Lukin and colleagues Michal Bajscy and Alexander Zibrov have so far managed to hold light still for just fractions of a millisecond using their new method. But there is no reason why it cannot be trapped for longer, they suggest. This could be a useful trick to employ in telecommunications systems that send optical signals, or more fancifully, in quantum computers.

    "Frozen, stationary pulses of light mark a new chapter in quantum optics," comments Marlan Scully at Princeton University, New Jersey in Nature.

    Journal reference: Nature (vol 426, p 638)
     
  2. Justin

    Justin TS Rookie Posts: 942

    Can you give us the link to your source on this? I am interested.
     
  3. agrav8r

    agrav8r TS Rookie Topic Starter Posts: 103

  4. StormBringer

    StormBringer TS Rookie Posts: 2,244

    I read about the 2001 experiments last year during a class I took in Optics, though we concentrated more on the immediate practical applications that this presented, which were quite astounding in themselves. Things like boosting and attenuating optical signals with no loss and much more efficiently than currently possible.
     
  5. agrav8r

    agrav8r TS Rookie Topic Starter Posts: 103

    any intresting links to share from that experience? i am into this stuff and I would love to see more. BTW did you cover line of sight or was it mainly fiber optics?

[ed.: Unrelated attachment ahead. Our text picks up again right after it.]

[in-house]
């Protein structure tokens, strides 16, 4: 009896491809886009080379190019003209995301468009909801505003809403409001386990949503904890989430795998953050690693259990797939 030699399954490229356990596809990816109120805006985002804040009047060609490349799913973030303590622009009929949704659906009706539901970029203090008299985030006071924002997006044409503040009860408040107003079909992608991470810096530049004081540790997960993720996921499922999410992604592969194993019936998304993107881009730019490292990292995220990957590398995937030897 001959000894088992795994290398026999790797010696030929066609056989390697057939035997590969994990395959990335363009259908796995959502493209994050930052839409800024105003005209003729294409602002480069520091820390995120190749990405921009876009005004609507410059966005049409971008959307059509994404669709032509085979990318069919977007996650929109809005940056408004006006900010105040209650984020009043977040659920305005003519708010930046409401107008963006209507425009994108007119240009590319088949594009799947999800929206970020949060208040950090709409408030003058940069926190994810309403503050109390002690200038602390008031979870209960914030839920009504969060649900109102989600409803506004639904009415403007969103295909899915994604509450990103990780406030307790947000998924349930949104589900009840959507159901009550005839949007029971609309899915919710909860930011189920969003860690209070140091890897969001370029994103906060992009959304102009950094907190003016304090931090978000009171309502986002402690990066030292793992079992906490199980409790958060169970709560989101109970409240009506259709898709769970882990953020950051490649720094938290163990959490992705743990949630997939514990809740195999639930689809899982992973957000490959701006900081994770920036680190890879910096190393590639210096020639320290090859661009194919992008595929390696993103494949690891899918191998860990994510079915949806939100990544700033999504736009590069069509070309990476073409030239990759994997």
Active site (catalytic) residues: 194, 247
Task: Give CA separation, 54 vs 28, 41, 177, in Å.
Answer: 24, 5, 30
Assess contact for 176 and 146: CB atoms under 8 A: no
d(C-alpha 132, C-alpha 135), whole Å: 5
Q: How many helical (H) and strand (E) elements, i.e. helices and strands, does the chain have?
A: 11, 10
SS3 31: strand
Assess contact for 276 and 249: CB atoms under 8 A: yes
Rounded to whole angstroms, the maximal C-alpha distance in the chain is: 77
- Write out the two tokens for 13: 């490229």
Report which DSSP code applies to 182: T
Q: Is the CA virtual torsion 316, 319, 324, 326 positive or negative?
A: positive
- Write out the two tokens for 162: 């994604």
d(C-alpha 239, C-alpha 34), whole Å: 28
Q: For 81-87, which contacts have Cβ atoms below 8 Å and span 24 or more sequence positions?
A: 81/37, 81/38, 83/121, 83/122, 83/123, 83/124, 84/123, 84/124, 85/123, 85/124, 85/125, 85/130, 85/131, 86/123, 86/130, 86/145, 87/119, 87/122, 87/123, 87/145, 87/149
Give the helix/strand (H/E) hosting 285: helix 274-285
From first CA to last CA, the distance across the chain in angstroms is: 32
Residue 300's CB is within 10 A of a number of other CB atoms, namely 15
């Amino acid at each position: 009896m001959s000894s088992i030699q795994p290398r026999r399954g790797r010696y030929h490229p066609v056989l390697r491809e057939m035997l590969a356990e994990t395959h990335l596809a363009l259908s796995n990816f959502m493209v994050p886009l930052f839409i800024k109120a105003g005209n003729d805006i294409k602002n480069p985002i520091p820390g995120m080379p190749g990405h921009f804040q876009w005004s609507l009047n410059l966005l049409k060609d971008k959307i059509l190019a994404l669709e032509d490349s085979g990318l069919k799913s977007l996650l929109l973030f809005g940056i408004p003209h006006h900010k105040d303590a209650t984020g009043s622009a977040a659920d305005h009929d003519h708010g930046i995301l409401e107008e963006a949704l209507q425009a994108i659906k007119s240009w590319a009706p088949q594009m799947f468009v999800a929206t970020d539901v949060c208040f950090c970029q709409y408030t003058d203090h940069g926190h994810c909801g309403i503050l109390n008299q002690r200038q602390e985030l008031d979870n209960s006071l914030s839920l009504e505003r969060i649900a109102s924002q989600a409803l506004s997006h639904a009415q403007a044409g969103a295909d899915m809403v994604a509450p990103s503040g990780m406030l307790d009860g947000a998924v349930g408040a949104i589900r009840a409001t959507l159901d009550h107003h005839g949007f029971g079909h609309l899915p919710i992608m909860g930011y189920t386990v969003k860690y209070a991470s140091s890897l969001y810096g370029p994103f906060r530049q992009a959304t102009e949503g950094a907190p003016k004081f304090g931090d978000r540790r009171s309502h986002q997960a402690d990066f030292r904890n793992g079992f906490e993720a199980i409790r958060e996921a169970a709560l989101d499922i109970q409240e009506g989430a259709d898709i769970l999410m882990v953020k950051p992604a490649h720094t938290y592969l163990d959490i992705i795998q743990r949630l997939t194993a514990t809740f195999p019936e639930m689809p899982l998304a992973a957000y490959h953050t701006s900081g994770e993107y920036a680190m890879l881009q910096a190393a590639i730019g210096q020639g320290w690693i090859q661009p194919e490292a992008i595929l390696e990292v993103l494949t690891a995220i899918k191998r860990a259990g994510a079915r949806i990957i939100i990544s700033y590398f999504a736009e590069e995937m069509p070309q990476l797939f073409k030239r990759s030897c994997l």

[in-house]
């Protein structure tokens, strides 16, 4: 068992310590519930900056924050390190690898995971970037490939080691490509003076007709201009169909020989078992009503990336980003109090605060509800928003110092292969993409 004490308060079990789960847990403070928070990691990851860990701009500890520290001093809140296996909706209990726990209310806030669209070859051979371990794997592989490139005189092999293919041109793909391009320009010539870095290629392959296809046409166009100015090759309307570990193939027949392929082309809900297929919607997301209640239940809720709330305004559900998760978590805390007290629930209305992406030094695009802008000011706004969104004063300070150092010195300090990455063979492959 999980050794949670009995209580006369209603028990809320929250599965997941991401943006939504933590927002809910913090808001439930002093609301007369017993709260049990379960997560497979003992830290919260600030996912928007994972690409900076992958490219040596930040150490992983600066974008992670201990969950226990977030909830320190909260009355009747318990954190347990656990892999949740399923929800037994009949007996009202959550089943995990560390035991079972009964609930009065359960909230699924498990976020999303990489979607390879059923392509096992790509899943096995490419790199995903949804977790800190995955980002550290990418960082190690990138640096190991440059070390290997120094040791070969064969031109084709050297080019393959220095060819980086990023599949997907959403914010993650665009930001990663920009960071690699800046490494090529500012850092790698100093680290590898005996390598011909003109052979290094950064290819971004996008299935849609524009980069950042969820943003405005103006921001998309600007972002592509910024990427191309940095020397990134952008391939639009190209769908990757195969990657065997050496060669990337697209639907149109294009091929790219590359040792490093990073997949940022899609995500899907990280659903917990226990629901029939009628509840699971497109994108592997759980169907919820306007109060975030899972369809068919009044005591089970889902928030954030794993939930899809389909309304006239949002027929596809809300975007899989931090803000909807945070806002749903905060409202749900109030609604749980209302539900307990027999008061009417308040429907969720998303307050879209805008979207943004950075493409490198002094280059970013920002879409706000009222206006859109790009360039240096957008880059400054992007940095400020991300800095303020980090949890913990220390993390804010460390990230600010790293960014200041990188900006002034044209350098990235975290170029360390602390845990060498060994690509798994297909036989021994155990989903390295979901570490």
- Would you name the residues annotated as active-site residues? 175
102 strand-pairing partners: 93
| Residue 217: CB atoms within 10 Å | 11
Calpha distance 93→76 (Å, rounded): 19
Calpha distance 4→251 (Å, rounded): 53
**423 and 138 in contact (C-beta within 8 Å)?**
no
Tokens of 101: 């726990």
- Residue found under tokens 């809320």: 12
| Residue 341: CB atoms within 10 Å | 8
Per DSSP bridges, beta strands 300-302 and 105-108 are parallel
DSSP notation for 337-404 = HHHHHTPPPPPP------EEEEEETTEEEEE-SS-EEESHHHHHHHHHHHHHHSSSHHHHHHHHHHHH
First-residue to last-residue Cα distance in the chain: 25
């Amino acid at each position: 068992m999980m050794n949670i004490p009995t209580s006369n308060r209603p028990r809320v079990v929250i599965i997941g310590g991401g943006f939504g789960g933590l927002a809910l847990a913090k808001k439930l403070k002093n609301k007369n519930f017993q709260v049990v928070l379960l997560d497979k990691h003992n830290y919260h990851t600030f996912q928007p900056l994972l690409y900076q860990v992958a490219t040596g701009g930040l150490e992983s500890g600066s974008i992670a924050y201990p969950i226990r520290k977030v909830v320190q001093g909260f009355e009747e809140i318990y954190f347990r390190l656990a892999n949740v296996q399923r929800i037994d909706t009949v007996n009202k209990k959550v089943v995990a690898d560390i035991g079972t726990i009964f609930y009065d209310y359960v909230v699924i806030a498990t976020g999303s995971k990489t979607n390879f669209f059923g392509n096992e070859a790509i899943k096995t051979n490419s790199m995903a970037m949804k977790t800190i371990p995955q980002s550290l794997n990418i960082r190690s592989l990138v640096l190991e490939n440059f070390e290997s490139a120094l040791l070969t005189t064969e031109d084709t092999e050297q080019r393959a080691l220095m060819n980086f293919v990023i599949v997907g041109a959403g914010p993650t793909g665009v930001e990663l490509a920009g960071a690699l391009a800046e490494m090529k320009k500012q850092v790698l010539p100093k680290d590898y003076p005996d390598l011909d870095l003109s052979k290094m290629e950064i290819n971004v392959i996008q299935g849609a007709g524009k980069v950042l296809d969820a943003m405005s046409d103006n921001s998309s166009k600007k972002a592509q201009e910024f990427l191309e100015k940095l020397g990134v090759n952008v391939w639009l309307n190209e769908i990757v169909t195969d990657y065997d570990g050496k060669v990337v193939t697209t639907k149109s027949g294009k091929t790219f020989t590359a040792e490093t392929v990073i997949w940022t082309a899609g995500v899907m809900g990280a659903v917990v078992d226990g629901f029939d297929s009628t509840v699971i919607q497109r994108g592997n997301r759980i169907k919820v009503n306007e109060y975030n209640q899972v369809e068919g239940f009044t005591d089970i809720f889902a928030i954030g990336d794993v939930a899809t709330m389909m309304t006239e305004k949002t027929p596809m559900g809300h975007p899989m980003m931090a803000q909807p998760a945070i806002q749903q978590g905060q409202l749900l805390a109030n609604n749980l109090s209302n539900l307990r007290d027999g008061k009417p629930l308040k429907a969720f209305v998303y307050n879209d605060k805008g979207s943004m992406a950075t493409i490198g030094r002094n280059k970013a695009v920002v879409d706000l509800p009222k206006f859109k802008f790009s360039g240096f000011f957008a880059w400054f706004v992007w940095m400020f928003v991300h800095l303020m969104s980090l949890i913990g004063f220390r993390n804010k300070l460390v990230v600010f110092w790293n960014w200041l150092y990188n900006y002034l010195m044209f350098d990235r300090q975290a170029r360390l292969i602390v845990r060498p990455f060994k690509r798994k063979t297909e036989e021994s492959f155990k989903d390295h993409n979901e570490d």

6. poertner_1274

    poertner_1274 secroF laicepS topShceT Posts: 4,172

    I read somewhere they are talking about making new optics out of a balck widow spider's webbing. Sicne it is so small it was the perfect source. They coated it with some sort of material, then burned the webbing out of the middle of it to hollow it out completely, and it had quite an increase in performance since it was traveling through air. I haven't heard much about it recently, but it sounded great back then.
     
  7. StormBringer

    StormBringer TS Rookie Posts: 2,244

    I couldn't find any links, just some of the notes from the lecture and discussion. I'm sure you wouldn't want those, though you probably already got a good summary of the same material we discussed.

    The class I took dealt with a lot of fiber, as most of us were taking it as a further study after taking courses in fiber, though line of site was covered in the fiber optics classes I took as well, along with much more that I have never put to practical use. Though much has changed between the time I took the first course in optics(12 yrs ago) and the one I took last year.